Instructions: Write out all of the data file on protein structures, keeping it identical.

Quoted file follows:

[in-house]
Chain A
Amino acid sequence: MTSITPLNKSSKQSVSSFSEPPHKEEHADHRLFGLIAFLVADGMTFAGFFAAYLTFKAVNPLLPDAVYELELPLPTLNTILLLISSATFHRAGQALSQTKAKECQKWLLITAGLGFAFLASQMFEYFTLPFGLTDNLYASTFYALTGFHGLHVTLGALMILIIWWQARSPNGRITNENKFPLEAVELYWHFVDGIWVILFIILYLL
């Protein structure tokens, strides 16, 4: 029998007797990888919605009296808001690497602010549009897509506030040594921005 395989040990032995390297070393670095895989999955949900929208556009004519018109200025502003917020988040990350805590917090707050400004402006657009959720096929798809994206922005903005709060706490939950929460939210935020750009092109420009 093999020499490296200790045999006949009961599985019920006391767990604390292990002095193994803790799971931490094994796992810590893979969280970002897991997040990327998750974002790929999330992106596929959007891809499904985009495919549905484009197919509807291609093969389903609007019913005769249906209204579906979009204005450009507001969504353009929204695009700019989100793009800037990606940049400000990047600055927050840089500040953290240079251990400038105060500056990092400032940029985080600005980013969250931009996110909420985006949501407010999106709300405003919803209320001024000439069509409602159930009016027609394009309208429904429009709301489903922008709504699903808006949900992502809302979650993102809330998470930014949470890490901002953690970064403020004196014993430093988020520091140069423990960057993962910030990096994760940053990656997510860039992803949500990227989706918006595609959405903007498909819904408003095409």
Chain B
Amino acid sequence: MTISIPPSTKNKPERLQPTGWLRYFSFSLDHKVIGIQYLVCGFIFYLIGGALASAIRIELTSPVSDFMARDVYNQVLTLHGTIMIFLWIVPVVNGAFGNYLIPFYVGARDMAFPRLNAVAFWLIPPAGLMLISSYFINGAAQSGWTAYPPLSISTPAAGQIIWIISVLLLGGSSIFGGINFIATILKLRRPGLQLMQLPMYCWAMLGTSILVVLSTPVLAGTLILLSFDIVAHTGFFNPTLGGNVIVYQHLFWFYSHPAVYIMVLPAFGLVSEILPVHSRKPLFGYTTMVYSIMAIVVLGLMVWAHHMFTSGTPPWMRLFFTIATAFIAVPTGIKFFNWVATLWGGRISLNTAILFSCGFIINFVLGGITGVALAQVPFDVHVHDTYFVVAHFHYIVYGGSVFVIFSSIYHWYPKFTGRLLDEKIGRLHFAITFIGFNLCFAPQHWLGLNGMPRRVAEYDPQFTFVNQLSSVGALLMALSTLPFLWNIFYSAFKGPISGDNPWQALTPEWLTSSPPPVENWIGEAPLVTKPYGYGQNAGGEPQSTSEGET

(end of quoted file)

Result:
[in-house]
Chain A
Amino acid sequence: MTSITPLNKSSKQSVSSFSEPPHKEEHADHRLFGLIAFLVADGMTFAGFFAAYLTFKAVNPLLPDAVYELELPLPTLNTILLLISSATFHRAGQALSQTKAKECQKWLLITAGLGFAFLASQMFEYFTLPFGLTDNLYASTFYALTGFHGLHVTLGALMILIIWWQARSPNGRITNENKFPLEAVELYWHFVDGIWVILFIILYLL
């Protein structure tokens, strides 16, 4: 029998007797990888919605009296808001690497602010549009897509506030040594921005 395989040990032995390297070393670095895989999955949900929208556009004519018109200025502003917020988040990350805590917090707050400004402006657009959720096929798809994206922005903005709060706490939950929460939210935020750009092109420009 093999020499490296200790045999006949009961599985019920006391767990604390292990002095193994803790799971931490094994796992810590893979969280970002897991997040990327998750974002790929999330992106596929959007891809499904985009495919549905484009197919509807291609093969389903609007019913005769249906209204579906979009204005450009507001969504353009929204695009700019989100793009800037990606940049400000990047600055927050840089500040953290240079251990400038105060500056990092400032940029985080600005980013969250931009996110909420985006949501407010999106709300405003919803209320001024000439069509409602159930009016027609394009309208429904429009709301489903922008709504699903808006949900992502809302979650993102809330998470930014949470890490901002953690970064403020004196014993430093988020520091140069423990960057993962910030990096994760940053990656997510860039992803949500990227989706918006595609959405903007498909819904408003095409």
Chain B
Amino acid sequence: MTISIPPSTKNKPERLQPTGWLRYFSFSLDHKVIGIQYLVCGFIFYLIGGALASAIRIELTSPVSDFMARDVYNQVLTLHGTIMIFLWIVPVVNGAFGNYLIPFYVGARDMAFPRLNAVAFWLIPPAGLMLISSYFINGAAQSGWTAYPPLSISTPAAGQIIWIISVLLLGGSSIFGGINFIATILKLRRPGLQLMQLPMYCWAMLGTSILVVLSTPVLAGTLILLSFDIVAHTGFFNPTLGGNVIVYQHLFWFYSHPAVYIMVLPAFGLVSEILPVHSRKPLFGYTTMVYSIMAIVVLGLMVWAHHMFTSGTPPWMRLFFTIATAFIAVPTGIKFFNWVATLWGGRISLNTAILFSCGFIINFVLGGITGVALAQVPFDVHVHDTYFVVAHFHYIVYGGSVFVIFSSIYHWYPKFTGRLLDEKIGRLHFAITFIGFNLCFAPQHWLGLNGMPRRVAEYDPQFTFVNQLSSVGALLMALSTLPFLWNIFYSAFKGPISGDNPWQALTPEWLTSSPPPVENWIGEAPLVTKPYGYGQNAGGEPQSTSEGET